In the same way, Rangers players new to the club will make overly-robust tackles, appearing to believe they’re part of an initiation ceremony (viz Jordan Jones very quickly being sent off on his debut in the first Old Firm game of the season).

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I repeat: in this passionate football land, and in this bitter rivalry, Rangers fans would be justified in their anger at such an outcome. But what’s their solution if the league can’t be completed? Declare it void? The season being effectively wiped from the record books might satisfy them but for football integrity – which everyone bangs on about but few can resist putting self-interest first – it would be dire.

If Celtic are declared champs, Rangers will claim for evermore that, with two Old Firm clashes remaining and a game in hand, the deficit could have been reduced to four points and possibly overhauled. But look at Liverpool if 2019-20 is scrapped: 25 points clear at the top, an out-of-this-world campaign, the possibility of all six player-of-the-year nominations going to men from Anfield, the first title for 30 years tantalisingly within their grasp… and it’s snatched away. There’s tragedy and there’s tragedy (although of course there are bigger tragedies beyond sport happening right now).

But is there any of Robertson’s finger-jabbing in Klopp’s statement following football’s shutdown? The German doesn’t even mention the championship they might not win, saying: “Today, football and football matches really aren’t important at all. Of course… we don’t want games or competitions suspended, but if doing so helps one individual stay healthy – just one – we do it no questions asked. If it’s a choice between football and the good of the wider society, it’s no contest. Really, it isn’t.”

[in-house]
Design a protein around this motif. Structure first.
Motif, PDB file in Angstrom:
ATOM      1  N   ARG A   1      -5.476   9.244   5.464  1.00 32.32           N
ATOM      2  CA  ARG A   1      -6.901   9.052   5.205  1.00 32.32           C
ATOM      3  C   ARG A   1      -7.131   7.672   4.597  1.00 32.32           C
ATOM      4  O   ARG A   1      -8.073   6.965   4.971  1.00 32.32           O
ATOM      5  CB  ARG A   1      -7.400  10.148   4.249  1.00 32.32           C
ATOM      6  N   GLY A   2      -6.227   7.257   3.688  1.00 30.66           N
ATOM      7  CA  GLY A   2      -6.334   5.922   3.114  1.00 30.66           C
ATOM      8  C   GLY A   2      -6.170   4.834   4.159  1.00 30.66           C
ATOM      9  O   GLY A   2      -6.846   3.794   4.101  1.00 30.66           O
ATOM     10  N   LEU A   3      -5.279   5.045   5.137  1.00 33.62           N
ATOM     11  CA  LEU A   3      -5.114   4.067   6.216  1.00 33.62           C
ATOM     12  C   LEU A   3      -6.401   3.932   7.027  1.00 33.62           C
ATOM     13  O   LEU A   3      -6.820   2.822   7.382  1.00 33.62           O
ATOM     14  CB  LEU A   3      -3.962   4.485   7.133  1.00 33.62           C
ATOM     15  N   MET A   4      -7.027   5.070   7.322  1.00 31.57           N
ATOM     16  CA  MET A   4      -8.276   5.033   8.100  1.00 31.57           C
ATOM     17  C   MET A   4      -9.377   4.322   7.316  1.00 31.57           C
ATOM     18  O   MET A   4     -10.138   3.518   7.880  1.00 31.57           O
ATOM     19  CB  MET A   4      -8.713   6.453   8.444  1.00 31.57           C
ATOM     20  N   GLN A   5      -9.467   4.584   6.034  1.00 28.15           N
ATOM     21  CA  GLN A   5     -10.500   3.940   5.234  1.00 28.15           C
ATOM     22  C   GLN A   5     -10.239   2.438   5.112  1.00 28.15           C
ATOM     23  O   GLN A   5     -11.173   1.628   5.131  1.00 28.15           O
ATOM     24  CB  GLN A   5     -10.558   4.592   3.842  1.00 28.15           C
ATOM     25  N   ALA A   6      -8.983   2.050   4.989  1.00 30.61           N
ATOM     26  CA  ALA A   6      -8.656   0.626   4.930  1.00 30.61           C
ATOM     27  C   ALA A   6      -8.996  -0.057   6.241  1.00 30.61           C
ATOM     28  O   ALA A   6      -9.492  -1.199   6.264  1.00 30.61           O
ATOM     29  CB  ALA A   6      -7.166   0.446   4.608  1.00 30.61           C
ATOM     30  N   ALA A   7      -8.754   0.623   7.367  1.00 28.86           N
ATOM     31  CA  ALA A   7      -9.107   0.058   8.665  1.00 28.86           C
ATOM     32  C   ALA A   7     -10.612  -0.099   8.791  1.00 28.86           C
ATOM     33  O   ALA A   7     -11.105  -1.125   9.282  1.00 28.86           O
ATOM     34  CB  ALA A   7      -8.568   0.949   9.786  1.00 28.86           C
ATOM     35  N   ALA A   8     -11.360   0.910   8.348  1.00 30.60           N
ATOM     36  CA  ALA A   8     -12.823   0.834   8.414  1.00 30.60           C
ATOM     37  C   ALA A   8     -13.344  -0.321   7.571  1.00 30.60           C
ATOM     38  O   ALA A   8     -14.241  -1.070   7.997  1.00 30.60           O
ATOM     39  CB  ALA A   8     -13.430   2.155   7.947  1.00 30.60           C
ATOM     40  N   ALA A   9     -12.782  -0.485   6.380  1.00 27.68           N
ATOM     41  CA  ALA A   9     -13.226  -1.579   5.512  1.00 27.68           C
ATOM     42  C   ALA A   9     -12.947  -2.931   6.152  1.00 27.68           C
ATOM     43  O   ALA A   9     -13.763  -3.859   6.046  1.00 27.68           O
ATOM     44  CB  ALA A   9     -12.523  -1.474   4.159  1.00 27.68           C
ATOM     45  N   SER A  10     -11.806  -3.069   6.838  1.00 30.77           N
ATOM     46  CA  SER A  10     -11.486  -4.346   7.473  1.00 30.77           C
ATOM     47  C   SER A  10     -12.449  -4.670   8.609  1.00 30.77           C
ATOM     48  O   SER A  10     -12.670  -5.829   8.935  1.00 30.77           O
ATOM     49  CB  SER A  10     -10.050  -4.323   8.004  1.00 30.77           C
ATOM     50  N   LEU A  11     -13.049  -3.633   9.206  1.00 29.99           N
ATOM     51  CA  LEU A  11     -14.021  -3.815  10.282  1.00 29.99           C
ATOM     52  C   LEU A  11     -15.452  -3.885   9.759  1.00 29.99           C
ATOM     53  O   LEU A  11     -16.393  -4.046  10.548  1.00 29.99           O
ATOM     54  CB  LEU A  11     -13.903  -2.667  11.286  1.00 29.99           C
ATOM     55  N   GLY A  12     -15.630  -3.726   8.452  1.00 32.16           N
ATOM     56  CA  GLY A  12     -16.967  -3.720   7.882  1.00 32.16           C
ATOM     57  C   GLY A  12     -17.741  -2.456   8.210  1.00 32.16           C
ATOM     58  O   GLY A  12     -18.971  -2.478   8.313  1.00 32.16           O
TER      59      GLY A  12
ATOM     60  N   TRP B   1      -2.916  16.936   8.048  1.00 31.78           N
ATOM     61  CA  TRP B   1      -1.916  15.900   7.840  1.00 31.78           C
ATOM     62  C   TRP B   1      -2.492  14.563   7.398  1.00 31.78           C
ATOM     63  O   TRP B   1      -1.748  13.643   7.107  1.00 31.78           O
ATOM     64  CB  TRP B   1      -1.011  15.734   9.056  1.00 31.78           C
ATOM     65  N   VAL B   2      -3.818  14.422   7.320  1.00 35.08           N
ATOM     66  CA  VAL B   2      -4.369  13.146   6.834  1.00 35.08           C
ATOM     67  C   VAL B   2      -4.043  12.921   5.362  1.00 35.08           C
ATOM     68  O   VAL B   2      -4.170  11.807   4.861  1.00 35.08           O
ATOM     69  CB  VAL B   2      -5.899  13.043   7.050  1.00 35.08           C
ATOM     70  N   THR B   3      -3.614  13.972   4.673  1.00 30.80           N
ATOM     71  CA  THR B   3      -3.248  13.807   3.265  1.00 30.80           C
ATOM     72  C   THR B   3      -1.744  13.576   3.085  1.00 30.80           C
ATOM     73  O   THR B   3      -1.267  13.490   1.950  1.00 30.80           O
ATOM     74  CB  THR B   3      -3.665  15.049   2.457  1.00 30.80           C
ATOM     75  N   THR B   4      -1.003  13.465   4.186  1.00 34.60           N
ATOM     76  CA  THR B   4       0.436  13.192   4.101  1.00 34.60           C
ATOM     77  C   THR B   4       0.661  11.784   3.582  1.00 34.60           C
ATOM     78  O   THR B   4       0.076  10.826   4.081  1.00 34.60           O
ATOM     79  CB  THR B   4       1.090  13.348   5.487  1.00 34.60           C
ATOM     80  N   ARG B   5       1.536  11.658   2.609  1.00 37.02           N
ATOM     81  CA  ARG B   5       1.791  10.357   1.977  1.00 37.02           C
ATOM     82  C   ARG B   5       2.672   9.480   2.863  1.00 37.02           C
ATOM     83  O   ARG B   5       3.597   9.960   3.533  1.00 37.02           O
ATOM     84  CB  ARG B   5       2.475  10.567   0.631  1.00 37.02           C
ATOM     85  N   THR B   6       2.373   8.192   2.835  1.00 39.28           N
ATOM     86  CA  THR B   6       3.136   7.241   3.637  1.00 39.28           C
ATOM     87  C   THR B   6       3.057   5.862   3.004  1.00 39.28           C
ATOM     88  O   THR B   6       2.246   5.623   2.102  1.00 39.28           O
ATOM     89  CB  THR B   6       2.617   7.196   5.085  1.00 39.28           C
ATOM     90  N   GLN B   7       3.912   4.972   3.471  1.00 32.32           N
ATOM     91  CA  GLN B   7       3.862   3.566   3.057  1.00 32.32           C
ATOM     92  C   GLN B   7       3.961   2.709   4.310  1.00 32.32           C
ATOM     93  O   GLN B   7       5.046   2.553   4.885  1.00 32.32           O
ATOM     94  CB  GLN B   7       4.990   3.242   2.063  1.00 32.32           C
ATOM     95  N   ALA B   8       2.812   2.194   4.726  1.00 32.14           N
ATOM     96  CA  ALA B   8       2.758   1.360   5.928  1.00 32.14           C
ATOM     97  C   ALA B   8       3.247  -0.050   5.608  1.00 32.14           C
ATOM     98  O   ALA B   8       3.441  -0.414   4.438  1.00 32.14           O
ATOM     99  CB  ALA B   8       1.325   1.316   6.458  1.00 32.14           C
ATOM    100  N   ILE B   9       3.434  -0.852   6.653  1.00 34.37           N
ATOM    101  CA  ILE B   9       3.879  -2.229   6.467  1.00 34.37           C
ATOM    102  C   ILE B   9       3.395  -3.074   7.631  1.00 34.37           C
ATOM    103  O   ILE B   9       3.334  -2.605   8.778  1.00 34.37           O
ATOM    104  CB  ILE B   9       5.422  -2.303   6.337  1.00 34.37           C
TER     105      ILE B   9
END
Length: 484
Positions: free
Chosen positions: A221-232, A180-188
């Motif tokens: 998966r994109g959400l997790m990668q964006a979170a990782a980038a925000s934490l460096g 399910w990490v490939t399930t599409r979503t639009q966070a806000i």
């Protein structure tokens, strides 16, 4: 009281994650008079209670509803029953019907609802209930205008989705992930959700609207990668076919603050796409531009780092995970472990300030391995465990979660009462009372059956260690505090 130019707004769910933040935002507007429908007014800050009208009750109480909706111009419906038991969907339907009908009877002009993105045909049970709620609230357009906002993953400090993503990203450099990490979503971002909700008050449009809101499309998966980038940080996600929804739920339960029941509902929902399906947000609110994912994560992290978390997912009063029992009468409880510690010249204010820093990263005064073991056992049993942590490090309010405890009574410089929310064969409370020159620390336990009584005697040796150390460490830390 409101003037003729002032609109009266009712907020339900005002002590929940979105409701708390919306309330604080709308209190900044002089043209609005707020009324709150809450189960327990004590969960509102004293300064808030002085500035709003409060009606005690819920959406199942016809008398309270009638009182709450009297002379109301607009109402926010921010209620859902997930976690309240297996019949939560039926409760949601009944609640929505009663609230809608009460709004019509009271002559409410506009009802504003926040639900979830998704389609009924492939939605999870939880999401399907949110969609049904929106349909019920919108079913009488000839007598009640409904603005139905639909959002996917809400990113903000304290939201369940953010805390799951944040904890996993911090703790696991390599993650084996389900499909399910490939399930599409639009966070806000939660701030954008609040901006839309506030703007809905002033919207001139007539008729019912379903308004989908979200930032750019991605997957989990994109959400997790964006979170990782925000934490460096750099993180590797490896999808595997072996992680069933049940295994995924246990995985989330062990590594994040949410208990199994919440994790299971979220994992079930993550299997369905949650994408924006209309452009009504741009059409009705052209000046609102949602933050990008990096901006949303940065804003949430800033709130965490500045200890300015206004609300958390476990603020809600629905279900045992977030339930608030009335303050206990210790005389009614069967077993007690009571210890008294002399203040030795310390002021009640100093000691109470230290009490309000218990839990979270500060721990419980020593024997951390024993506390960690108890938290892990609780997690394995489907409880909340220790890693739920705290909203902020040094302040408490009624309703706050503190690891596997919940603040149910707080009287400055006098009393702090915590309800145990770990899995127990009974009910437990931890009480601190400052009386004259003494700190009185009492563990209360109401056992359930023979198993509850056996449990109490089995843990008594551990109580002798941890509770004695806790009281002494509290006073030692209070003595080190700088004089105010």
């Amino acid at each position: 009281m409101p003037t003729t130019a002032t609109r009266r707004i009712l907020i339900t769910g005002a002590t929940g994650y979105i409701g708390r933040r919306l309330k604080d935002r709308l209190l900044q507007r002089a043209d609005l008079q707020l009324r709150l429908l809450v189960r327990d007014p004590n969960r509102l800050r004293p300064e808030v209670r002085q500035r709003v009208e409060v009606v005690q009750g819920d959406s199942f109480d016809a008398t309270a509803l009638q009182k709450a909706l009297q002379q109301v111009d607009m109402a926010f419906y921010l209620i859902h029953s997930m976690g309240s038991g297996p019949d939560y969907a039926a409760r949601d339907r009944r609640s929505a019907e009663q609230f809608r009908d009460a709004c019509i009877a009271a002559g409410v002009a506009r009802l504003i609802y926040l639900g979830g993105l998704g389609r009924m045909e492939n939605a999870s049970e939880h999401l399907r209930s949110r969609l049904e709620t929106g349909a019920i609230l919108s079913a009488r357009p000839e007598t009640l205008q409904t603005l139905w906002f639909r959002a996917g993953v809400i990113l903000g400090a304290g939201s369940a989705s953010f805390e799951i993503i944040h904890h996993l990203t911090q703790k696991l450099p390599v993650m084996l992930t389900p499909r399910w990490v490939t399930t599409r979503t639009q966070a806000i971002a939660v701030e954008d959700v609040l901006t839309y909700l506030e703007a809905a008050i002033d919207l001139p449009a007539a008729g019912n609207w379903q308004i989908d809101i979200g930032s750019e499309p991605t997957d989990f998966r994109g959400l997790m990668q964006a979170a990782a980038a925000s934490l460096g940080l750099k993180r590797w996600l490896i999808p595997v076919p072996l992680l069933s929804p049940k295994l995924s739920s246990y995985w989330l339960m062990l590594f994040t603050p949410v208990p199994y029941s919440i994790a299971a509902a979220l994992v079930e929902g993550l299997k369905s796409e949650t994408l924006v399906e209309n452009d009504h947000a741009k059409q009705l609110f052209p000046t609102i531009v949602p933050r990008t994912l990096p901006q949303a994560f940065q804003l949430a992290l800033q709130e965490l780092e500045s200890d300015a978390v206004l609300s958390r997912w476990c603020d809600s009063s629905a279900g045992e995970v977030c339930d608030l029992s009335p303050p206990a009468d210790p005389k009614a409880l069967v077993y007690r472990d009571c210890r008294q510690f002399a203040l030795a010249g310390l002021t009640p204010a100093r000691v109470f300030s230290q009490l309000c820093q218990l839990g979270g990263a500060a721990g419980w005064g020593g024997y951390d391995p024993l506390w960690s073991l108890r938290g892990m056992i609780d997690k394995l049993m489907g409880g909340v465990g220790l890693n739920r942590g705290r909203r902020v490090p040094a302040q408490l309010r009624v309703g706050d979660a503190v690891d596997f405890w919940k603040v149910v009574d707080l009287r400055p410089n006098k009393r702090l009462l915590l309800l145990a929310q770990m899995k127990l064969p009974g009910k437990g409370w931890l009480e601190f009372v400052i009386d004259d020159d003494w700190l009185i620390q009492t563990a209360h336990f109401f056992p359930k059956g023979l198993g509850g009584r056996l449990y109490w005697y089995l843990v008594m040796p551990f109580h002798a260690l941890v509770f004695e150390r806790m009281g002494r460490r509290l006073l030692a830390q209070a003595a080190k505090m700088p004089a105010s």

In Scotland it’s just as desperate at the bottom of the Premiership, prompting equally desperate claims. Hearts would be relegated were there an abrupt ending. Perfectly understandably – owner Ann Budge doesn’t want that. Thus she’s proposed no relegation.

What about Dundee United who’re running away with the Championship? Don’t worry, two teams from the second tier can come up. This, she claims, is the “fairest way possible… I don’t think anybody suffers in that scenario.”

Really? But if the plan is being proposed because Hearts are only four points adrift and therefore could save themselves, which is true – how’s it “fair” on Dundee, the same number of points behind Inverness Caley Thistle? They are the form team in that division and would surely be confident of making up the shortfall.

Normally club bosses regard looking after their own as the most important job. I get that, but these are not normal times and better words are needed. Let’s pay heed to Klopp and also to Celtic’s Israeli, Hatem Elhamed, who spoke up the other day. “We’re ultimately a very small thing in this world,” he said of football in the wake of the crisis. But he’s trying to stay optimistic. “The coronavirus must teach us a lesson… it must improve us as human beings.”